Yes, of course, it will go a long way in boosting trade facilitation. You see, the maritime industry is the second cash cow for the Federal Government. That is the second means of revenue generation for the government. If you look at the industry very well, you will find out that it is only through the maritime industry that the government is breathing now. They said our oil has gone to oil thieves.
What I am trying to say is that the allocation will boost trade. To me, Customs is doing its best but its best is not good enough. The government needs to look into that and ensure that the money is spent appropriately. If you look at the roads where these monies are coming from, they are dilapidated – and it is not good. It doesn’t facilitate trade. We have policy somersault and all that. If the monies are being channeled properly, Nigeria will not be lacking in terms of trade. Nigeria, they say, is an African giant. So, there should be more focused trading because an average African lives on Nigerian markets.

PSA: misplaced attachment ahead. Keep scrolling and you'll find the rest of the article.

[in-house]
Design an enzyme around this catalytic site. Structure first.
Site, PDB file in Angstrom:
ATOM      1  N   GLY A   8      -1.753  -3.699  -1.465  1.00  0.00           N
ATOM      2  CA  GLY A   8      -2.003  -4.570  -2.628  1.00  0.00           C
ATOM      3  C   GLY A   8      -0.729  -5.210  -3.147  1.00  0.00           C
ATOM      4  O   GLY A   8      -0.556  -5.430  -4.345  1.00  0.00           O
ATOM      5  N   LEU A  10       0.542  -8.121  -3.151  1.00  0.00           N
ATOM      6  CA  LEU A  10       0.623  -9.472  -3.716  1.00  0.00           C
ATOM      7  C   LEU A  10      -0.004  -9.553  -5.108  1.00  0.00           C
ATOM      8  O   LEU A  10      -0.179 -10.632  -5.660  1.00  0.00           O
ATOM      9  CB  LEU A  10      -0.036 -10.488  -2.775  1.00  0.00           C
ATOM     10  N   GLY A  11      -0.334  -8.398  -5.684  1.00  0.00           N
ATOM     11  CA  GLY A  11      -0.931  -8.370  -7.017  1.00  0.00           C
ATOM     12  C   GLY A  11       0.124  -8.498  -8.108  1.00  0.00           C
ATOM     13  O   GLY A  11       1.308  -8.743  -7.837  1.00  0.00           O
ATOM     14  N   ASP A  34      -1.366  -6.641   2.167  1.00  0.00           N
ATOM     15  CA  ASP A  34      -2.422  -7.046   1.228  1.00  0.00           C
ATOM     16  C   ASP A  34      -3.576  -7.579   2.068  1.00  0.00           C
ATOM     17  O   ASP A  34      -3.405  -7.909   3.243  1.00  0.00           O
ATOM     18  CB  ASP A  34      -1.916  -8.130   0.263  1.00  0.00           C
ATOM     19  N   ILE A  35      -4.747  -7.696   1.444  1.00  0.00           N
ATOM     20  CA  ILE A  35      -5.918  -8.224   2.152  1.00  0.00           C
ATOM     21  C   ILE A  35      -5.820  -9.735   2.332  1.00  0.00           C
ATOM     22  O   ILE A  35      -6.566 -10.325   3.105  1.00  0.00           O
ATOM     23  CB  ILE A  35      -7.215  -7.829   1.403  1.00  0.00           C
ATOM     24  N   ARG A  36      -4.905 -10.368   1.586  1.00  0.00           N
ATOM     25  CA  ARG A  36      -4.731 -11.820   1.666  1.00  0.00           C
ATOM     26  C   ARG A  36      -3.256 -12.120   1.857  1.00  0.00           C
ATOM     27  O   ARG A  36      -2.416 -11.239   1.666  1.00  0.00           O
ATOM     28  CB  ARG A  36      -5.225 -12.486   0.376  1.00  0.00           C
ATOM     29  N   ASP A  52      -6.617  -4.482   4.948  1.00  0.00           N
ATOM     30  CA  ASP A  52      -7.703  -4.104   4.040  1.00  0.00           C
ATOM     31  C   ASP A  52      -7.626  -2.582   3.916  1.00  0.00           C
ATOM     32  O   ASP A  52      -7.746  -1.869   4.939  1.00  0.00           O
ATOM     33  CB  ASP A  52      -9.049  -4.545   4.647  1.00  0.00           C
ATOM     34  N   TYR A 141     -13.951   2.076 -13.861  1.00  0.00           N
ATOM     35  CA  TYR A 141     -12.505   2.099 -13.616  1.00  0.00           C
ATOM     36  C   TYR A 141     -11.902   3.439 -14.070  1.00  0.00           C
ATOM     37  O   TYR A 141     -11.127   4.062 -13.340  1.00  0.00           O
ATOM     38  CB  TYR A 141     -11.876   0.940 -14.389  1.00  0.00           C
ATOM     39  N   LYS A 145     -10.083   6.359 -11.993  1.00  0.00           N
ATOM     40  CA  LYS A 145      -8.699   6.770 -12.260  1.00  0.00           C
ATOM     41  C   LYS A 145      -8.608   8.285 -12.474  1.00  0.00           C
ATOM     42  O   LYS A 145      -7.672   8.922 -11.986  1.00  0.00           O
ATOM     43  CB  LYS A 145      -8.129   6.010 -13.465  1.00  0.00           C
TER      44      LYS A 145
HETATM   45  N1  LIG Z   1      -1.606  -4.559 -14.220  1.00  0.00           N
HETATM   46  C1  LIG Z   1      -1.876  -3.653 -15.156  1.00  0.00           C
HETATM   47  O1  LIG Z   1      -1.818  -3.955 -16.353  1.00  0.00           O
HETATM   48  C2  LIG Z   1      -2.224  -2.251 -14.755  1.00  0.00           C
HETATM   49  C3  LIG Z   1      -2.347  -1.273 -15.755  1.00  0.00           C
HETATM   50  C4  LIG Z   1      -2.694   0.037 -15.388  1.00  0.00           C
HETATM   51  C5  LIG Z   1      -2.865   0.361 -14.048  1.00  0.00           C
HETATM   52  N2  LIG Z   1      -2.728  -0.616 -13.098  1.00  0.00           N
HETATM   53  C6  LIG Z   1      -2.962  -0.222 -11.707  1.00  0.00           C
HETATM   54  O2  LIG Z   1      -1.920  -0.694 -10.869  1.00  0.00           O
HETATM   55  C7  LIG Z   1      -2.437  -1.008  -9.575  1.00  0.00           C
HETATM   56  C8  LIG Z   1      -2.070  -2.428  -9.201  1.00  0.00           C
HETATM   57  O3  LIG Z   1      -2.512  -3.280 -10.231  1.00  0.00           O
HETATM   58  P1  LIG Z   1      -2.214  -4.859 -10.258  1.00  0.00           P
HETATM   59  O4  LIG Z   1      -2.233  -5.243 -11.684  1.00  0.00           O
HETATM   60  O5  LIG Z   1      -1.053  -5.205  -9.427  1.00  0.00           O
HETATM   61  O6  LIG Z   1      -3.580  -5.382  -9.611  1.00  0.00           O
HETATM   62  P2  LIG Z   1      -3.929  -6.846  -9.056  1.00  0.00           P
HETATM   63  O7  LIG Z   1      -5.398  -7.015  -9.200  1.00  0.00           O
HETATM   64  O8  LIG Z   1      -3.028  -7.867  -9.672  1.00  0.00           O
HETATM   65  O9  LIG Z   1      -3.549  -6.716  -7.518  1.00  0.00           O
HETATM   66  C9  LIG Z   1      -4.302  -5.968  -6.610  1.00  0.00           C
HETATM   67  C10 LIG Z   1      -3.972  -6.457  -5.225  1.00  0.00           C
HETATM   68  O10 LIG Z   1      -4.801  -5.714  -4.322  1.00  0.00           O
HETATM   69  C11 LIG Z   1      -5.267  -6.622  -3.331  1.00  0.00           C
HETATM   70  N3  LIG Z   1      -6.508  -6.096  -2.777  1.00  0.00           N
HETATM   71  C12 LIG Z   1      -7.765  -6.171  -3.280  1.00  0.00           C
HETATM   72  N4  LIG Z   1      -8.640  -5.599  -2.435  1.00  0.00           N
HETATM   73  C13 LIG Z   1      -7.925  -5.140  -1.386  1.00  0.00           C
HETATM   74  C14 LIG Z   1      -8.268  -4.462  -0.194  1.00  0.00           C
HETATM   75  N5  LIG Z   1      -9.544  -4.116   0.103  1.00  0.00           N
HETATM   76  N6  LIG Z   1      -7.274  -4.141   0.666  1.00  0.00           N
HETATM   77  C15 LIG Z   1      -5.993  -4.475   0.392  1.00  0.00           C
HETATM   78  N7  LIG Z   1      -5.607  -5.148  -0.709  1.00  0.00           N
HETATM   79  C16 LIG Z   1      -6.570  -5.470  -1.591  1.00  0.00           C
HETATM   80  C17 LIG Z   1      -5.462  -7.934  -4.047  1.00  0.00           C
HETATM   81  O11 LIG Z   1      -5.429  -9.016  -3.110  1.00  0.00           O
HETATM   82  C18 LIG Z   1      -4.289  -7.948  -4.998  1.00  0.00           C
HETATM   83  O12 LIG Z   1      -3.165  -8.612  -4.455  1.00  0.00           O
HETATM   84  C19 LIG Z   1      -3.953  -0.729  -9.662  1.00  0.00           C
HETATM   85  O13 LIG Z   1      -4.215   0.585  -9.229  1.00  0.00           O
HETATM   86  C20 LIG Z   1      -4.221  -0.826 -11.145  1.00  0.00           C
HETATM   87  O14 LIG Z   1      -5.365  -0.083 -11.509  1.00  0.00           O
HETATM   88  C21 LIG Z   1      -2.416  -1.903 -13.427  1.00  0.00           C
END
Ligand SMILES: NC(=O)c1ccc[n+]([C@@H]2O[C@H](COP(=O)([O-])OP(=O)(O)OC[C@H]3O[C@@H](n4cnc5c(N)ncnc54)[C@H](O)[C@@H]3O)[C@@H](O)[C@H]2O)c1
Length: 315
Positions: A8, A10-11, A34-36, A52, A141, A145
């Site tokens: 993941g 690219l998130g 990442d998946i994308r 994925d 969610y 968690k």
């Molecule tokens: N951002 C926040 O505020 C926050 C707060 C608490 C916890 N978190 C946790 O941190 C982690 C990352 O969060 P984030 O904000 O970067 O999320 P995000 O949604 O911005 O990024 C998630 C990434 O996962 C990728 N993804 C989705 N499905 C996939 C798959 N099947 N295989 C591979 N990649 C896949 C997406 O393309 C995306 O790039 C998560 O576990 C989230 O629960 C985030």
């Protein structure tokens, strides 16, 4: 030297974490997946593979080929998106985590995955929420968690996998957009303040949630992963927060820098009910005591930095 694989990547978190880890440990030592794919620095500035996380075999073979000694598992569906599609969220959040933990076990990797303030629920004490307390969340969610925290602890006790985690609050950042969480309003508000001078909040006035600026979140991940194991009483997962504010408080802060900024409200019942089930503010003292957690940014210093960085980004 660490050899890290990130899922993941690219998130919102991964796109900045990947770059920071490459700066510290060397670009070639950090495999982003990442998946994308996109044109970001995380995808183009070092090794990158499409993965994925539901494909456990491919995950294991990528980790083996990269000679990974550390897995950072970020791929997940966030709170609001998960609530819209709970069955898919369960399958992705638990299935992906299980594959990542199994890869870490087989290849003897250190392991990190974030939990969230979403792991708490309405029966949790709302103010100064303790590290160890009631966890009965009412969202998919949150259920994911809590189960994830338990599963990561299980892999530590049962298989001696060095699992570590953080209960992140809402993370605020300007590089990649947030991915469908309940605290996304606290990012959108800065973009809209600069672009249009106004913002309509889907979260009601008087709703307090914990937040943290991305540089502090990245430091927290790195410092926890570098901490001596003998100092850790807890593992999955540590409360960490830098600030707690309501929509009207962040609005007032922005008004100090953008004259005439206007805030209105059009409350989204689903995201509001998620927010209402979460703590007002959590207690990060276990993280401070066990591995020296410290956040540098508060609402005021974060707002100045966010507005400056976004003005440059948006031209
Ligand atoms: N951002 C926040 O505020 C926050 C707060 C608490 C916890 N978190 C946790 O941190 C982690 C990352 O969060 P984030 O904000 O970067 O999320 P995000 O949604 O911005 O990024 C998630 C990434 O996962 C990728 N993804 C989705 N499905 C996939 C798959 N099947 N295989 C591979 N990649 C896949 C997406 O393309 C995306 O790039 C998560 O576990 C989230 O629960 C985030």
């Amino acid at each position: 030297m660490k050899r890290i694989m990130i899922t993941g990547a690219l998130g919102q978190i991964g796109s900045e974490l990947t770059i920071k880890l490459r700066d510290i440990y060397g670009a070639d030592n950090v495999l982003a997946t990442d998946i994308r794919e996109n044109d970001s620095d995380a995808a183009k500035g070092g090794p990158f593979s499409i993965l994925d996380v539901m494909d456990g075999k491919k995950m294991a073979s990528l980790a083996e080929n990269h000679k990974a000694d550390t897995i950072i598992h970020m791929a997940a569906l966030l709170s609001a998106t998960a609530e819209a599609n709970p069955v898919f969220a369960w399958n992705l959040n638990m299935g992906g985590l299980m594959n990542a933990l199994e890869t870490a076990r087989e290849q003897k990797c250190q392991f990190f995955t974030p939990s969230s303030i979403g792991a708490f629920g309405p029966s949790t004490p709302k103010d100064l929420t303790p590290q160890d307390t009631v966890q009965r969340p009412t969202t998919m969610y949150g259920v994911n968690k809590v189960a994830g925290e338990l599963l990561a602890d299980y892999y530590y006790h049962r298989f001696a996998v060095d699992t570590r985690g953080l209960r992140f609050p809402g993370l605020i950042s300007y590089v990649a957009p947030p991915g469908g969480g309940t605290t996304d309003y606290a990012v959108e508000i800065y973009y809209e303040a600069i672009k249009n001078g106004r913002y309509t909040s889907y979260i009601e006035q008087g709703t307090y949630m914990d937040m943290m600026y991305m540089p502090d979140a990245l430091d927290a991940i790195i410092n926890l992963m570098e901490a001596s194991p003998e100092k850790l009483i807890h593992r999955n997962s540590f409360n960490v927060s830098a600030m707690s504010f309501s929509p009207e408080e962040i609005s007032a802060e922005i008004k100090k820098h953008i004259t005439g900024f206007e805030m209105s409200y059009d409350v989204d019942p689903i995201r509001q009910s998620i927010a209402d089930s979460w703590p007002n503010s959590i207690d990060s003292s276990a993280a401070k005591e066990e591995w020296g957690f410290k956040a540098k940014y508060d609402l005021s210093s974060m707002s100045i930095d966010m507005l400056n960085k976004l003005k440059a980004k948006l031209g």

Barge operators are saying 20 per cent transportation budget should be allocated to water transport to boost barging. Do you think it will help in addressing the numerous challenges in the sector?
Talking about barges, the government does not need to think twice before financing the sector because it helps a lot. You know we don’t have good roads and even if the roads are done now, in the next couple of years, they will be dilapidated again. So, we need more barges to be able to facilitate trade in Nigeria because a lot of companies are also depending on these for importation. So, by the time you depend only on roads to move containers, it will not be enough. The sector even needs more than 20 per cent for them to work properly.
The Lekki Deep Seaport will soon commence operations. What difference do you think the port will make, looking at the level of competition from Apapa and Tincan Island Ports?
The Lekki Port is one of the best things to both Lagos State and the maritime sector in recent time. So, by the time we have enough space to work on, and we have more containers coming in, it is a plus to the government. Duties will be collected and workers will be employed. So, in various ways, it is a blessing in disguise. You won’t condemn the port out rightly on the account of unavailability of access roads because while we are having the ports, other facilities will be constructed. It will create a lot of employment and also boost the market in Nigeria.